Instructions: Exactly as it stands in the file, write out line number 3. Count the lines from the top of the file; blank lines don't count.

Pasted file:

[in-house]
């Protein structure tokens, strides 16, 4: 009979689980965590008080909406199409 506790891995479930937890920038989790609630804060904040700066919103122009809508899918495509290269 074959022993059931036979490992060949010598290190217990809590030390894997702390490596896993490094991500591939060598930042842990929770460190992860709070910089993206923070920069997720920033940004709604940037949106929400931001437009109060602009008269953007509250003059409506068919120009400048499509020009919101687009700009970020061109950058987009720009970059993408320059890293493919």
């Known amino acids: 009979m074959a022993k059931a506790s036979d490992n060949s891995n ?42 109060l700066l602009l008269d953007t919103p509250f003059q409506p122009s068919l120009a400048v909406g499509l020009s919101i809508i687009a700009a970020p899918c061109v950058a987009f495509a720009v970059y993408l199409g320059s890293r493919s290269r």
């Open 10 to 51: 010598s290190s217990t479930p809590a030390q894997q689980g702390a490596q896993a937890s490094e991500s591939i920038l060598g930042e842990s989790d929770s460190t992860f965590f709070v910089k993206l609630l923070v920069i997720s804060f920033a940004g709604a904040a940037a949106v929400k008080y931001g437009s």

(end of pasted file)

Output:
């Known amino acids: 009979m074959a022993k059931a506790s036979d490992n060949s891995n ?42 109060l700066l602009l008269d953007t919103p509250f003059q409506p122009s068919l120009a400048v909406g499509l020009s919101i809508i687009a700009a970020p899918c061109v950058a987009f495509a720009v970059y993408l199409g320059s890293r493919s290269r």